Victoria E. Pagán
In the Roman world, horticulture (the art and practice of garden cultivation and management) is one aspect of the larger enterprise of farming and agriculture. Hortus denotes a kitchen garden near the house for growing vegetables; horti are large-scale pleasure grounds or parks, privately owned but sometimes open to public use. The literary and material sources from the second century b.c.e. to the second century c.e. in the regions of Latium and Campania adhere to and diverge from generic conventions, distort and exaggerate their subject, and provide social commentary on the purposes and meanings of gardens. After surveying the sources, the second section of this article reviews scholarship on gardens: archaeological studies that ask what gardens are, and cultural studies that ask what gardens mean. The conclusion suggests two future directions: reception studies and environmental sustainability.
Stephen A. Nimis
The novel flourished at a time when Greek identity was above all a matter of cultural affiliation. This article argues that the characters in the novels are fundamentally concerned with issues of gender, ethnicity, culture, and identity – and that their readers must have been too. However, the relationship between the world depicted in the novels and that in which they were written and read remains difficult to characterize: it is remarkable, for example, that Rome, the great imperial power of the time, is never so much as mentioned in the extant Greek novels.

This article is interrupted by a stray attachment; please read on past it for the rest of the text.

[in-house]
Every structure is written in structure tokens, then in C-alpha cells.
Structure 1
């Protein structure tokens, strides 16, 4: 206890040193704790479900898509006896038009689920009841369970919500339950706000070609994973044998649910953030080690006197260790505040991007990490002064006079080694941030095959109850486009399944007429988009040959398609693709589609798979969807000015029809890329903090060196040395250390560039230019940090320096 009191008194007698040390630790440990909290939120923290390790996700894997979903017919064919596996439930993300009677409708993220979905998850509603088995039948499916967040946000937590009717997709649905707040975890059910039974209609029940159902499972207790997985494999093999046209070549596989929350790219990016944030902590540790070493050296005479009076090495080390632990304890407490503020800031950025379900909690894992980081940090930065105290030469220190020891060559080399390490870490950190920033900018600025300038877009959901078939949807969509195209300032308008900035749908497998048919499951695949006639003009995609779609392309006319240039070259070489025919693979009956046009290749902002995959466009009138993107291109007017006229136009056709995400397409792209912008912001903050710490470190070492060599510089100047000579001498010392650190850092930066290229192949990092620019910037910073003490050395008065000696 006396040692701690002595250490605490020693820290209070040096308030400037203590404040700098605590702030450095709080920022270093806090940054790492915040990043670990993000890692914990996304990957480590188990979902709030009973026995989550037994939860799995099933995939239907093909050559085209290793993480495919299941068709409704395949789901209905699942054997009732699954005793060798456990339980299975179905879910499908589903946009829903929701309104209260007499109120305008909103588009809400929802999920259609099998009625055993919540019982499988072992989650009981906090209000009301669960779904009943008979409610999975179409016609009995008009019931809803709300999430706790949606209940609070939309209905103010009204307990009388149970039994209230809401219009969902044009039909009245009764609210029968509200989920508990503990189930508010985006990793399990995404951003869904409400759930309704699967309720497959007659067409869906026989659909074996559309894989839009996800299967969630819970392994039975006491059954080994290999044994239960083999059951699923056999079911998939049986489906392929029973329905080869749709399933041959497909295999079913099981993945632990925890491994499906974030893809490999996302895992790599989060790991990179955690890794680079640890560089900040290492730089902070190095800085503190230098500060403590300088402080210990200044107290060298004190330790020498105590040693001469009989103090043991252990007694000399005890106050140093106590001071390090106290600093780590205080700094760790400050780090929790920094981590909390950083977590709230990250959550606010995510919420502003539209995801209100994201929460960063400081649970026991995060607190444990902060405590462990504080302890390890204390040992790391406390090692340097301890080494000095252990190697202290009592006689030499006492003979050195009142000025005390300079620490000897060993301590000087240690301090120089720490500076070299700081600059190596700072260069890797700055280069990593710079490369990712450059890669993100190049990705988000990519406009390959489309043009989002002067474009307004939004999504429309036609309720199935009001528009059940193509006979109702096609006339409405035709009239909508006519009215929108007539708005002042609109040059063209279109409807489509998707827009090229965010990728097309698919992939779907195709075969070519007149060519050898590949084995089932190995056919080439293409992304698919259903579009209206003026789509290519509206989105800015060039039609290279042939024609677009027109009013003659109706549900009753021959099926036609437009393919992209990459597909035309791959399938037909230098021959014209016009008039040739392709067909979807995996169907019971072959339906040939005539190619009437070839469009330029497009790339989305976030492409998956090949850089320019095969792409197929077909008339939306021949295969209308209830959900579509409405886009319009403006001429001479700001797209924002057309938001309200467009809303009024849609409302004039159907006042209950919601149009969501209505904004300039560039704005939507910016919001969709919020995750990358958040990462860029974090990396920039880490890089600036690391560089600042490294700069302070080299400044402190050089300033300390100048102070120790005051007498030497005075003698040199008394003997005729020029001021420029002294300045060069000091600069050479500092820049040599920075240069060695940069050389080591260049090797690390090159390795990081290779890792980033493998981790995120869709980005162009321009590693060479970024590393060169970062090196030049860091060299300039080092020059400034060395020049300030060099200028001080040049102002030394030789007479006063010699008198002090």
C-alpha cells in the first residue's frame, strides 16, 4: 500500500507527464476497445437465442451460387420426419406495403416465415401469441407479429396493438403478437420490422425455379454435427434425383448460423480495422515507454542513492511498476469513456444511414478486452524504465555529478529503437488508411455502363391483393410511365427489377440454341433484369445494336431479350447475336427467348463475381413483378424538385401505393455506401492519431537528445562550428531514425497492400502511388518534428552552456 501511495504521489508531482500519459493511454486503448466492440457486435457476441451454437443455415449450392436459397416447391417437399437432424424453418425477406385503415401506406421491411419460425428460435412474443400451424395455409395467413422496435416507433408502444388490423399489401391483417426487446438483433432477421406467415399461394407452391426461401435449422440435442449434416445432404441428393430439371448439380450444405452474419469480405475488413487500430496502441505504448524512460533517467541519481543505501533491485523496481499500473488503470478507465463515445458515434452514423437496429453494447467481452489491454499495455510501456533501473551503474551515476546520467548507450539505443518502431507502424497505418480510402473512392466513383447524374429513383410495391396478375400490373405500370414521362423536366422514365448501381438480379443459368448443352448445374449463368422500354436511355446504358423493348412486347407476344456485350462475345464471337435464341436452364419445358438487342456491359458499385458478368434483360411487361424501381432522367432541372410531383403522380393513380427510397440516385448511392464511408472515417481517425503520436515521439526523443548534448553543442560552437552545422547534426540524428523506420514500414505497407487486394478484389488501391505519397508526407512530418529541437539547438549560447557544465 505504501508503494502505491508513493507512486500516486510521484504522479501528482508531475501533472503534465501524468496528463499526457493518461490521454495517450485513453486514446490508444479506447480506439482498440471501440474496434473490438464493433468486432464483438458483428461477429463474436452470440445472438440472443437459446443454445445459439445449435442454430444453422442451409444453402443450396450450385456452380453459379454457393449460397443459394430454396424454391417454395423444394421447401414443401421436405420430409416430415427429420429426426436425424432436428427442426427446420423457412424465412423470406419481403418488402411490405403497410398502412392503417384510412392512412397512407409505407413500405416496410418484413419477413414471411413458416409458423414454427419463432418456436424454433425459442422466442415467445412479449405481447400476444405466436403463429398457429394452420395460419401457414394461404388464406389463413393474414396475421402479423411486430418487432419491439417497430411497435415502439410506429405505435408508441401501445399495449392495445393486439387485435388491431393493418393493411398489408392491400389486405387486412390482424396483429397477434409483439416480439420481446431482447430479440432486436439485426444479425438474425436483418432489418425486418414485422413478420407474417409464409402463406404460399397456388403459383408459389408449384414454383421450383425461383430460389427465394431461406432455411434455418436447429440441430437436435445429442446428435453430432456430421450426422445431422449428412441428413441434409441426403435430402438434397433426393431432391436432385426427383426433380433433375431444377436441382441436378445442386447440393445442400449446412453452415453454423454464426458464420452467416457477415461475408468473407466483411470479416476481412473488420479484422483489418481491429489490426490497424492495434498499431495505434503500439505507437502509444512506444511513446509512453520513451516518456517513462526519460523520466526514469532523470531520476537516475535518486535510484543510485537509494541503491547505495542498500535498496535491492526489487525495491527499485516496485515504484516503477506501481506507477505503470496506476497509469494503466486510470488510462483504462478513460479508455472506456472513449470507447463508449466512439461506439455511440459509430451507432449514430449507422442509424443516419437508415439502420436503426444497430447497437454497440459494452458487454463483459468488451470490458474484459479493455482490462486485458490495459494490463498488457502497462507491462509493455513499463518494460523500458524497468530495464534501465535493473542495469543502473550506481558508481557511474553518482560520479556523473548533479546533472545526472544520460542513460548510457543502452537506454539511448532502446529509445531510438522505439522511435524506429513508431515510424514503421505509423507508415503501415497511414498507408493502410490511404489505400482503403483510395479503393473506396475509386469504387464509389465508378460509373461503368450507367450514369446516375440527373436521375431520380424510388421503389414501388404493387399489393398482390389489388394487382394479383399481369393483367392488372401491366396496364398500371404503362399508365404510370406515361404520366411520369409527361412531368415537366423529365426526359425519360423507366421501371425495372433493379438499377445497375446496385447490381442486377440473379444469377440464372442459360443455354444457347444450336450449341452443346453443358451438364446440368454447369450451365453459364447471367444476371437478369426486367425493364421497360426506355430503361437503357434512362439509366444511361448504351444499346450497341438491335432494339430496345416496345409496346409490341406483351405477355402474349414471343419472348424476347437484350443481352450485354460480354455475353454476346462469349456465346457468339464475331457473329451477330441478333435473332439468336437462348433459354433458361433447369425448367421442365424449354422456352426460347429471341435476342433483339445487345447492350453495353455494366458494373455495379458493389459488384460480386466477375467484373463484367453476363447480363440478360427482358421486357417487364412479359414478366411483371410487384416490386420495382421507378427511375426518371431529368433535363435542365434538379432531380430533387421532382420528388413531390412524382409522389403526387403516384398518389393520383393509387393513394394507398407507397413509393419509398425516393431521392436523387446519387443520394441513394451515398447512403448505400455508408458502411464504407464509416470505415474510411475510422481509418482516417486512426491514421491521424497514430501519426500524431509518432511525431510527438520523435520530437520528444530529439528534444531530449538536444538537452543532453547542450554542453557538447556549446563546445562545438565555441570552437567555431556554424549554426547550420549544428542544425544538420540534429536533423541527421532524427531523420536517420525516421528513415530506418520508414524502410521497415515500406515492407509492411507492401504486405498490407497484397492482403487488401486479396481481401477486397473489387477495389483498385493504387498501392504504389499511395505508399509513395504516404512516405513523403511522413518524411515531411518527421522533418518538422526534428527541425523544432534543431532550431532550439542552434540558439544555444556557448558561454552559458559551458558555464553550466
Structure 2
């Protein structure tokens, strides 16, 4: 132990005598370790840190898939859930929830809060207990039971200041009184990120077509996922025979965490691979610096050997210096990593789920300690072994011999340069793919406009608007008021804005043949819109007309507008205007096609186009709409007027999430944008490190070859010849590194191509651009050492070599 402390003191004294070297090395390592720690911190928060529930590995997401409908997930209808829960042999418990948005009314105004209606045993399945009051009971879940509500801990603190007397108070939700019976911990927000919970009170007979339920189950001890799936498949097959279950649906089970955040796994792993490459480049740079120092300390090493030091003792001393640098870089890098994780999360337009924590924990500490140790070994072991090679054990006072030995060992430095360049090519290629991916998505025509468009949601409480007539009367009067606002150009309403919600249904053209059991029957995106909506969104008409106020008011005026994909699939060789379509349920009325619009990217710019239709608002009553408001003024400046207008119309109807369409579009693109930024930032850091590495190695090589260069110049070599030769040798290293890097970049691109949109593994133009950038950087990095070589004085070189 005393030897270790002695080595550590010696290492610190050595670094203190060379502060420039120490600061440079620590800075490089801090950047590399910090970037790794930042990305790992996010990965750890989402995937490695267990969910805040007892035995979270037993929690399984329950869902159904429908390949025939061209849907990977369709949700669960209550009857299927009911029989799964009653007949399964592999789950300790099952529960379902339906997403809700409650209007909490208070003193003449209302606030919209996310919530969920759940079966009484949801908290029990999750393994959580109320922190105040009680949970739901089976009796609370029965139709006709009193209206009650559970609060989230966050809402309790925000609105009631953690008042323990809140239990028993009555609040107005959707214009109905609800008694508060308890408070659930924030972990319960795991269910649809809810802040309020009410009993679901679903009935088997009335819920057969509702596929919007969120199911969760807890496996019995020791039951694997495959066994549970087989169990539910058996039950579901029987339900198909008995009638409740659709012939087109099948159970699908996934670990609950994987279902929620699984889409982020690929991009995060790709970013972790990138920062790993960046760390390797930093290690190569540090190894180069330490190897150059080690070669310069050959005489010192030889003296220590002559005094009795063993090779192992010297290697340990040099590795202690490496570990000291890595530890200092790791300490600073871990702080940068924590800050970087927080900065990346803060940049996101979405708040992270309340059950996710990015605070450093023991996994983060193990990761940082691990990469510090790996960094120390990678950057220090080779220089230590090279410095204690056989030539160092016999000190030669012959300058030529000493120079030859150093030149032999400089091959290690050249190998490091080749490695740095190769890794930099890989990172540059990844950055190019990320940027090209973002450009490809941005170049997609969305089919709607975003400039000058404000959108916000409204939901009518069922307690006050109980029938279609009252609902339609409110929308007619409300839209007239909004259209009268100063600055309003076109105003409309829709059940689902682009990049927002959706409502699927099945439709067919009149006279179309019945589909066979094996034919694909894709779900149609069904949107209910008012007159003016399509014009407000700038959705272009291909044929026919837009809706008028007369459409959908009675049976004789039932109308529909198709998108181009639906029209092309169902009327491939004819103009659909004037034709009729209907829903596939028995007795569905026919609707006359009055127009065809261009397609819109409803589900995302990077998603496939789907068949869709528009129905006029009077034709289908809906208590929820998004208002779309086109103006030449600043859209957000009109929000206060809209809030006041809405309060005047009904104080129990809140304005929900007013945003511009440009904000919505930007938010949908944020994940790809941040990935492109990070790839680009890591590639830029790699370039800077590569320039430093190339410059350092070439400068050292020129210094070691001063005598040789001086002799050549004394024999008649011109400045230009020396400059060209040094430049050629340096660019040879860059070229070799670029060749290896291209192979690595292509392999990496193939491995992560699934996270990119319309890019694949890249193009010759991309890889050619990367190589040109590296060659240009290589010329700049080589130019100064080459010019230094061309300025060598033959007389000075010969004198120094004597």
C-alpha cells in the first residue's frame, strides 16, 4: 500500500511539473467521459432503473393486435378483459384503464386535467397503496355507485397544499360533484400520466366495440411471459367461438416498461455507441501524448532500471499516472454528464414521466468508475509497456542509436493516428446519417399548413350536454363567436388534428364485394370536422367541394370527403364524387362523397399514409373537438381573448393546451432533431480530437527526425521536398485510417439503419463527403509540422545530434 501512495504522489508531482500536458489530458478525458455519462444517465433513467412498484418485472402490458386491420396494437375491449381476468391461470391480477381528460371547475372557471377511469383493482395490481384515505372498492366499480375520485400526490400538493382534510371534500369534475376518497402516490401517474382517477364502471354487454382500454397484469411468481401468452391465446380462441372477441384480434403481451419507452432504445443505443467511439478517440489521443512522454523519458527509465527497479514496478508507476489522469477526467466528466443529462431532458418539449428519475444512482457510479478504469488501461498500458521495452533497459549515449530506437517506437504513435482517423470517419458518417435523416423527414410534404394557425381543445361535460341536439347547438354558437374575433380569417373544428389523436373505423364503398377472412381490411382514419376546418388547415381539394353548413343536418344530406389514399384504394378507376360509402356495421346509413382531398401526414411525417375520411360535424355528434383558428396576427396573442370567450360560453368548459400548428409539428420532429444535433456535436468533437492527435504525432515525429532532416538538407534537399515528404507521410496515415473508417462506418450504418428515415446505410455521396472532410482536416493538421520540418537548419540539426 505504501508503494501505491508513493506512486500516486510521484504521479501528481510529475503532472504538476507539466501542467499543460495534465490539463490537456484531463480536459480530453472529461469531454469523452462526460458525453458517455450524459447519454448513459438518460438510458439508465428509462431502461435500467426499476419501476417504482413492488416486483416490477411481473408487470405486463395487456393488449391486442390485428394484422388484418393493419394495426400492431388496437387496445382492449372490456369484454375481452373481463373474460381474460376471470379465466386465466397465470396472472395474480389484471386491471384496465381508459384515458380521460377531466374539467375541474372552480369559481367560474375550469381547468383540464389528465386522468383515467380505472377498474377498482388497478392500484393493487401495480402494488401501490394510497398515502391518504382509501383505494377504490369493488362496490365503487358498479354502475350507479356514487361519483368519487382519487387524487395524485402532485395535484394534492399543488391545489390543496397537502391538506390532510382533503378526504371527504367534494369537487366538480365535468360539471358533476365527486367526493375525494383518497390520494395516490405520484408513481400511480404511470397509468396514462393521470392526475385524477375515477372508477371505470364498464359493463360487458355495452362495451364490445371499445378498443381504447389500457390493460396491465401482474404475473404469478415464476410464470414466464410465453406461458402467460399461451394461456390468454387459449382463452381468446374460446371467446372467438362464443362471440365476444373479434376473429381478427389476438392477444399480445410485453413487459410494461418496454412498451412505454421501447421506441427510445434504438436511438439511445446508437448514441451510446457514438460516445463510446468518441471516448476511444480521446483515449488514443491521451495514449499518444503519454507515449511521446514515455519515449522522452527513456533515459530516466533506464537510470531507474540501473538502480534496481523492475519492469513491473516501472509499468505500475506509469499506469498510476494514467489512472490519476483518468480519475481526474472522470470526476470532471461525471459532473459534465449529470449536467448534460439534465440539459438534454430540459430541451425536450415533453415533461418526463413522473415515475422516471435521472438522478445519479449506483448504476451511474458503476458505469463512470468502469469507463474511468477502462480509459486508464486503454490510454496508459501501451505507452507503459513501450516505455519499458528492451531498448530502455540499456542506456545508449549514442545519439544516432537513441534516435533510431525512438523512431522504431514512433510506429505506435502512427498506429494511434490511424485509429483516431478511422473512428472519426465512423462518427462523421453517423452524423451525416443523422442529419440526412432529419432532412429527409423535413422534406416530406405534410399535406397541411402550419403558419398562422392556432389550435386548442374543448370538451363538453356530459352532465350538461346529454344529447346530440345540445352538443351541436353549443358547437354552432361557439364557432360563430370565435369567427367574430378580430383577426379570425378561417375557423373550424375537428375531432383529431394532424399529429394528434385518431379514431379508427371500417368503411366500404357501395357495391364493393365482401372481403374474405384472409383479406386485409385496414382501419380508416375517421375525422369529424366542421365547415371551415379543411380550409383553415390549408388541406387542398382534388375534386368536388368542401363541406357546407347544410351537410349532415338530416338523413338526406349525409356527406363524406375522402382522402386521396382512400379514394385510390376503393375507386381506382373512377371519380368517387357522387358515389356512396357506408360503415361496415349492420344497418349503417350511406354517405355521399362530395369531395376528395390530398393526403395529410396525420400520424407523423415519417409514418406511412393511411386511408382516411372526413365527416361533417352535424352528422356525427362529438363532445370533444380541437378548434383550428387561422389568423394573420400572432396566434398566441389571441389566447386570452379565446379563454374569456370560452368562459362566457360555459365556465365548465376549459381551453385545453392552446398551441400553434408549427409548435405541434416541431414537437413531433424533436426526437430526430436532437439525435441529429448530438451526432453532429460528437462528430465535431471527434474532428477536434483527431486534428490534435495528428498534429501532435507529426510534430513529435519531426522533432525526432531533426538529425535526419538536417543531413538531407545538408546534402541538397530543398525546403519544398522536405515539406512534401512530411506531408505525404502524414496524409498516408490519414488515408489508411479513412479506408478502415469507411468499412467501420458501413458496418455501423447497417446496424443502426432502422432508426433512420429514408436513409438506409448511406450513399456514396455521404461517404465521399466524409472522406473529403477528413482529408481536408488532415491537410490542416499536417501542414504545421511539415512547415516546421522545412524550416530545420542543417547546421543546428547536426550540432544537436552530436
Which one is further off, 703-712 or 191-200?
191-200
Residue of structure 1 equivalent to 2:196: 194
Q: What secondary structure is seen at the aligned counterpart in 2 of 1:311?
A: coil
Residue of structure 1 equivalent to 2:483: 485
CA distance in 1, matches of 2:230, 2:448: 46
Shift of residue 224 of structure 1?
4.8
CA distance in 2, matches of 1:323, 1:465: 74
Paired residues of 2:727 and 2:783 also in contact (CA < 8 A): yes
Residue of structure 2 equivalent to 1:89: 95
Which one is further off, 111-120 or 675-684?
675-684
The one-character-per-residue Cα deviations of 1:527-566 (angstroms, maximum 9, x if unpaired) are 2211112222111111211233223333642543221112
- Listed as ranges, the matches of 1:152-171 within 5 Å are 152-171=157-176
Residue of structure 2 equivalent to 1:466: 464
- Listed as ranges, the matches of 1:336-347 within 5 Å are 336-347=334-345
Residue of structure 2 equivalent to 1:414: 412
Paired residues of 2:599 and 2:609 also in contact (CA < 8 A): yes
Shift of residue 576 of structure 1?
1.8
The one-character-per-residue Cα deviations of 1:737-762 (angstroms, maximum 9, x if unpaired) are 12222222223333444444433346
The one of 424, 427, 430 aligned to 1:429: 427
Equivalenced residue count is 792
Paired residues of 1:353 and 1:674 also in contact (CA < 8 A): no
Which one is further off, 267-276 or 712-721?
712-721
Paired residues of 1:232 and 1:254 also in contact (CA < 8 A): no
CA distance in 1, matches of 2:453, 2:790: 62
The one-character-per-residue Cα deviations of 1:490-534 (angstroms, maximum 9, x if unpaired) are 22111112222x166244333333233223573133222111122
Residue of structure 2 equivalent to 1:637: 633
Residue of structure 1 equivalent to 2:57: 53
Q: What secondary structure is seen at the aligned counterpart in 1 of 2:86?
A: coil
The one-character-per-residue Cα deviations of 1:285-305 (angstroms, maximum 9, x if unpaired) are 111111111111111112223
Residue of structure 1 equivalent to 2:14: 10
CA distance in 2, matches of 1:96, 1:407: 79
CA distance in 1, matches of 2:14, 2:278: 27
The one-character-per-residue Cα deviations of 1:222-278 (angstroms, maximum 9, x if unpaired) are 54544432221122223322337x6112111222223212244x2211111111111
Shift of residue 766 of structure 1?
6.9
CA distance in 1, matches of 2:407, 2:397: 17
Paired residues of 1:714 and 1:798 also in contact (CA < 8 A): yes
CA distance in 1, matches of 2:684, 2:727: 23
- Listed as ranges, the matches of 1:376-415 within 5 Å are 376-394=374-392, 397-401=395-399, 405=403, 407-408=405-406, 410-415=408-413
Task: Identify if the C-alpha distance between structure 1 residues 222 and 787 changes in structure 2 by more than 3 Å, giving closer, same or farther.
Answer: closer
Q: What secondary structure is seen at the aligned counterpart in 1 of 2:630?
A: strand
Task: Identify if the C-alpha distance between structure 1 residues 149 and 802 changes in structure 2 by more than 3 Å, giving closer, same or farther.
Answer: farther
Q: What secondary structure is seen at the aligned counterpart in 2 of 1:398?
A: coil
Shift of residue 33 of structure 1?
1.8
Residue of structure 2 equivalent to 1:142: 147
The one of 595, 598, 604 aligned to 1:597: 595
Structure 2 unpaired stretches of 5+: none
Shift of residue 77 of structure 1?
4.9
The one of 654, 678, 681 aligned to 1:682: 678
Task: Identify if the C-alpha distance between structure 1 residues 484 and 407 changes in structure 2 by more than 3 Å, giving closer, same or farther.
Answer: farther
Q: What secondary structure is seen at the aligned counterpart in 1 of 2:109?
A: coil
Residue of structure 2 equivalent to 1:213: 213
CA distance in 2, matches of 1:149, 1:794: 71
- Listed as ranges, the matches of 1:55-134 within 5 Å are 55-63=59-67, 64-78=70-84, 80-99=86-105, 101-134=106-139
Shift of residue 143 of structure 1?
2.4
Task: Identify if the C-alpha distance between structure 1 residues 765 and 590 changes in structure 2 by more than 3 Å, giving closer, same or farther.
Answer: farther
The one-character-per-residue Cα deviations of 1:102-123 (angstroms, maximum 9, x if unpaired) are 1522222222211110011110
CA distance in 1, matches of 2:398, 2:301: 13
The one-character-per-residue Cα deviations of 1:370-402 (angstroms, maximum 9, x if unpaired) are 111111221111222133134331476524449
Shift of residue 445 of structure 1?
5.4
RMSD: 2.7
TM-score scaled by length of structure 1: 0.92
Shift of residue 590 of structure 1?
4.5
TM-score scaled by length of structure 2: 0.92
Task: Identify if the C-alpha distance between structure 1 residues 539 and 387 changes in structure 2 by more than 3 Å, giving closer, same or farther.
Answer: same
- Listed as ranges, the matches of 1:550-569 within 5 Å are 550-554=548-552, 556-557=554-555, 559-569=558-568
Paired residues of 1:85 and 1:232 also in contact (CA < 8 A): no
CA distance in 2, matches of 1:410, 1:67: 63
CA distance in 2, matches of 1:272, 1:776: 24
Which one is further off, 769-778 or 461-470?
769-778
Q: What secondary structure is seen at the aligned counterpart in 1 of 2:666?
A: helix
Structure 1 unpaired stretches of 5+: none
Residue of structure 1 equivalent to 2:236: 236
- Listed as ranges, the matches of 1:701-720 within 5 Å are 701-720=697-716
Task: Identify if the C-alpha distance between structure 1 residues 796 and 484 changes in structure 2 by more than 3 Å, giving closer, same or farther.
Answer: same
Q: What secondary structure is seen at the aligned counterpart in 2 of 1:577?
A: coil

This chapter considers the reception, projection, and invention of Babylonian literature in the Roman Empire, taking into account the perspectives of classical authors as well as the experiences and aspirations of ancient readers. It first reviews the development of cuneiform literature in the Hellenistic period and how it influenced Greek and Roman ideas about the wisdom of the Chaldeans. It then discusses Babylonian fictions before turning to the ancient reception and definition of Babylonian literature, with particular emphasis on how maps of reading interacted with literary production in the Roman Empire. It also describes how the development of individual literatures in the empire was informed by shared notions about place, language, and literature and how, under different circumstances, the very idea of what constituted a literature (Syrian, Egyptian, Greek, etc.) could change over time.